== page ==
Bangkok is one the best cities in the world for street food, and whenever someone new comes to work with me in Bangkok the first thing they ask is, can I eat the street food?
The hotel I stay in is just across the street from the Patpong night market and in the evenings, the street is lined with probably 50 food carts. They sell everything from fruit, drinks, soups, curries and traditional Phad Thai.
During one of my first trips to Thailand I got a bit of advice from an Australian who was managing the hotel at the time. I asked what the best way was to avoid travelers stomach (upset stomach) when in Thailand. Of course, you can not drink the water, he said. But the second piece of advice has perhaps been my saving grace. Be careful, he said, of the type of street food you eat. He recommended not to eat anything raw from the streets, especially shell fish and crustaceans if you’ve not had Hepatitis A vaccine. He also recommended eating from stalls vs. carts. Stalls are known to have better heating/cooking devices and you have a better chance of getting food that is not under-cooked.
So why does it matter? 1.4 million people get Hepatitis A every year which can cause mild to severe illness. Hep A is a virus that infects the liver and can be transmitted in many ways. One of the ways it’s transmitted is by eating raw seafood that has been in contaminated water. The water in Bangkok is DIRTY! If you can’t drink the water, you certainly shouldn’t be eating raw food that has been washed or stored in it.
I’ve talked with many locals who tell me that while the street use store bought or purified water to cook with, they don’t always use the same water to clean with. So, one way to avoid getting sick…avoid raw street food.
So what kind of street food can you eat then? If you’re going to eat street food, find cooked foods. Personally, I do not eat any type of seafood from the street or stalls. I’ve not had Hep A shots, so I’m extra cautious.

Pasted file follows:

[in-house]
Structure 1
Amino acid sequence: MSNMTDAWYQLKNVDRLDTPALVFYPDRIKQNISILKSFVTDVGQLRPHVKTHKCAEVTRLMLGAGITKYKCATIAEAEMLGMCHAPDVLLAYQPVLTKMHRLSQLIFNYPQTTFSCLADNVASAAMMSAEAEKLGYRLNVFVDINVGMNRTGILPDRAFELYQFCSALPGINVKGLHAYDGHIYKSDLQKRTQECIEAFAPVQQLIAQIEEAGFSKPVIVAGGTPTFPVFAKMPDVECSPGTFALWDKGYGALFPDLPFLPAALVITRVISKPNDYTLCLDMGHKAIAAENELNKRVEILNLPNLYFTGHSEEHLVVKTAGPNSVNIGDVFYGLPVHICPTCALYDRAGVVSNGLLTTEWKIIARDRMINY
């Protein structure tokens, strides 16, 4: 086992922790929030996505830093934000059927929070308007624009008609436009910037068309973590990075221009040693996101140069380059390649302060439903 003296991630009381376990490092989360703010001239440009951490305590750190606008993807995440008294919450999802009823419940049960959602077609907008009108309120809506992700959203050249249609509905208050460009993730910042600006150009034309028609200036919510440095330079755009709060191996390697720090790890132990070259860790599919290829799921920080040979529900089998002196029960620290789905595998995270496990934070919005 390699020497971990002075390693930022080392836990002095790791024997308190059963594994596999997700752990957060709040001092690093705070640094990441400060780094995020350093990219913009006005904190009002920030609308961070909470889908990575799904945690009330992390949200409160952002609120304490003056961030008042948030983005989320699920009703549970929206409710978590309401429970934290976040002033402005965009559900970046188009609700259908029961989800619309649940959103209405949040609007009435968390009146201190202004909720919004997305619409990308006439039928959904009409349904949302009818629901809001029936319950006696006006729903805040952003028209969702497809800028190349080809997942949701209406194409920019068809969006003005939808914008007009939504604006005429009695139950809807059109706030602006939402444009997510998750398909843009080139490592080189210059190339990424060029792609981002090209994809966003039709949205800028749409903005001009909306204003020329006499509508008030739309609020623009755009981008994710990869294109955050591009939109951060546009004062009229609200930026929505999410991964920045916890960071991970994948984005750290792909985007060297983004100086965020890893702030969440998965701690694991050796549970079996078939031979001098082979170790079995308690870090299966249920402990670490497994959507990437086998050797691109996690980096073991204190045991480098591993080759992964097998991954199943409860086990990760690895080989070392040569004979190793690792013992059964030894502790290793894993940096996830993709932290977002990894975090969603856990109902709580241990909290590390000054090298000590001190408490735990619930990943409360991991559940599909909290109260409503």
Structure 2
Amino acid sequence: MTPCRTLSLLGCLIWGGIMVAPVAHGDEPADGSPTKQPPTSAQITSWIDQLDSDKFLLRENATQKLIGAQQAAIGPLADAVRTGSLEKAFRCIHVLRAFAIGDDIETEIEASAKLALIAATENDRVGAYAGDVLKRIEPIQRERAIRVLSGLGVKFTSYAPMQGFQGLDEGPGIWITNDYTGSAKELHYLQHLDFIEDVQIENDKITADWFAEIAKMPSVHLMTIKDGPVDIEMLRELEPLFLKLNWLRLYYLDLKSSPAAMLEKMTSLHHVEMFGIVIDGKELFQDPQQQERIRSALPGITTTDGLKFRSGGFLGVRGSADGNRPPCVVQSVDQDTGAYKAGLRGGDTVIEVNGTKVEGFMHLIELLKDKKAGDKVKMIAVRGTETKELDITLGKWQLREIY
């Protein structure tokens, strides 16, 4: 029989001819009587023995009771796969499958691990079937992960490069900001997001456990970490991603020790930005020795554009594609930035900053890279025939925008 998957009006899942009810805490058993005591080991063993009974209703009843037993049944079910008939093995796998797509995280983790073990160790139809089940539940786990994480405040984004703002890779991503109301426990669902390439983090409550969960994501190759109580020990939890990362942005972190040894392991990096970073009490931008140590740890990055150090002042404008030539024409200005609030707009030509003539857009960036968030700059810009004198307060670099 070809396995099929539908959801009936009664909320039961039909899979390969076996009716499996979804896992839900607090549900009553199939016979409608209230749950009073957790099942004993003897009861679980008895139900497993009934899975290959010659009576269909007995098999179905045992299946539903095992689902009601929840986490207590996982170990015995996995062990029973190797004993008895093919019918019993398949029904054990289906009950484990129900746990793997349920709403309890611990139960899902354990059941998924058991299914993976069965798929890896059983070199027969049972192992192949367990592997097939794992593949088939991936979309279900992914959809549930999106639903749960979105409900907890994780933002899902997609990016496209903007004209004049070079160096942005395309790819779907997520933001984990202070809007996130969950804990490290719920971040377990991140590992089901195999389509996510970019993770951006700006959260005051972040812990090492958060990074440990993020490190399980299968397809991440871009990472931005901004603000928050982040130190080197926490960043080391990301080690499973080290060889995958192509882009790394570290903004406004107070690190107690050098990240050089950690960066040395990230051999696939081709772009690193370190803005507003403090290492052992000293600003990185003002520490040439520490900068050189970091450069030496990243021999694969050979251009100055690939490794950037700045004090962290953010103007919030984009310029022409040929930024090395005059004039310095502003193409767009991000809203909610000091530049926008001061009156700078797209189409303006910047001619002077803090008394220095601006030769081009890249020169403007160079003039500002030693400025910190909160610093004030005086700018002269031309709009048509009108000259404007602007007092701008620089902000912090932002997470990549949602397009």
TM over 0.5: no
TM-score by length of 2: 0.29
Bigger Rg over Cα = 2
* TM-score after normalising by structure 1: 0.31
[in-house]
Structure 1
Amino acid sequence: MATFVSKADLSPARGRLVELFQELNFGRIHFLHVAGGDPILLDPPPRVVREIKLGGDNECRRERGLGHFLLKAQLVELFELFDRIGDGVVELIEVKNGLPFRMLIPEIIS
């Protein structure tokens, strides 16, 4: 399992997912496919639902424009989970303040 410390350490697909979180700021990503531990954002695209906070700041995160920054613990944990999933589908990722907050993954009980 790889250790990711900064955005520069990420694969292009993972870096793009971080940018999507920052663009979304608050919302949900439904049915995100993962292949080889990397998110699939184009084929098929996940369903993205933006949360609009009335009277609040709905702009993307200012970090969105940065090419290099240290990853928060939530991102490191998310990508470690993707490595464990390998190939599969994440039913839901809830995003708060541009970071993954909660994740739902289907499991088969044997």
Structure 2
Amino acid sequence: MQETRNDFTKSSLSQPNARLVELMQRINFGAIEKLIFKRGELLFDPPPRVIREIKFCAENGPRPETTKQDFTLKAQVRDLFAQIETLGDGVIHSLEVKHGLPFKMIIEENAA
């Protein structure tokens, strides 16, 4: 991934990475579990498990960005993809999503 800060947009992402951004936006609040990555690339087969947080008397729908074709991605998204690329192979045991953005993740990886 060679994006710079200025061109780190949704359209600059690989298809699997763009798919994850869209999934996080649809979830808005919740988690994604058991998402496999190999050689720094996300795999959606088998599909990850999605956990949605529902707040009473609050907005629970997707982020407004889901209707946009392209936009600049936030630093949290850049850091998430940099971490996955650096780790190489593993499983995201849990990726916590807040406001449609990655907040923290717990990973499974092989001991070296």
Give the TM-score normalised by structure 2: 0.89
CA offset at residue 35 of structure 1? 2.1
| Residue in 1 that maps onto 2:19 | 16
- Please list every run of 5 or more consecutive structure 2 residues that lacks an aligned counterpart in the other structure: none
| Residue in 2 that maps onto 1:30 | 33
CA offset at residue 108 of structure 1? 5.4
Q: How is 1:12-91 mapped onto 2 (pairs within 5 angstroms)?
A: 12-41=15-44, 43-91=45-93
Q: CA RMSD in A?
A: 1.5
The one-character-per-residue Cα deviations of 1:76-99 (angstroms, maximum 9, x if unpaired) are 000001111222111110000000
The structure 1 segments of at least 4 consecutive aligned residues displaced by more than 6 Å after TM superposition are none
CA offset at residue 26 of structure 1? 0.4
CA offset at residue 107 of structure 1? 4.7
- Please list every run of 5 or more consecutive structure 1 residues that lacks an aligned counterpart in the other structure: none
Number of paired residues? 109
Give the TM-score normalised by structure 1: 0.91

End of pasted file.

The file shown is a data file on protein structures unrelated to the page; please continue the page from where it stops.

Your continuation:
I’ve eaten Phad Thai from street carts, but ask for no kung (pronounced goong), or shrimp in Thai. Learning how to say mai kah kung (pronounced my gah goog) or no shrimp, can come in handy on the street. If you want to say no fish, replace kung with pla.
Likewise, if you have any food allergies its wise to have someone write for you in Thai what food you’re allergic to. Carry that with you so you’re able to show people when you’re ordering food. I am allergic to Tomato, a word I can barely say in Thai, and so I’ve got a little card I carry with me that was written by the hotel concierge. I also have snapped a photo of it so that I have it on my iPhone. It’s come in handy more than a few times.
In the end, you have to decide what you’re comfortable eating and from where. Should You Eat Street Food? If you haven’t had the appropriate vaccines, err on the side of caution – it would be awful to have an upset stomach ruin your holiday!
Here’s some street food…can you guess what each one is?
I ate street food in Antigua, Guatemala – pupusas that were cooked! Nevertheless, I got sick as soon as I got home a day later. “It” lasted a few days The pupusas were really good and I’m not sure if I would do it again or not. Son #1 always eats street food and has never been sick – he prides himself on having an iron stomach.
You’re pictures really want me to go back to Thailand just for the food. Definitely the best food destination I’ve been in so far.
Milk tea in a bag, doesn’t get any better than that.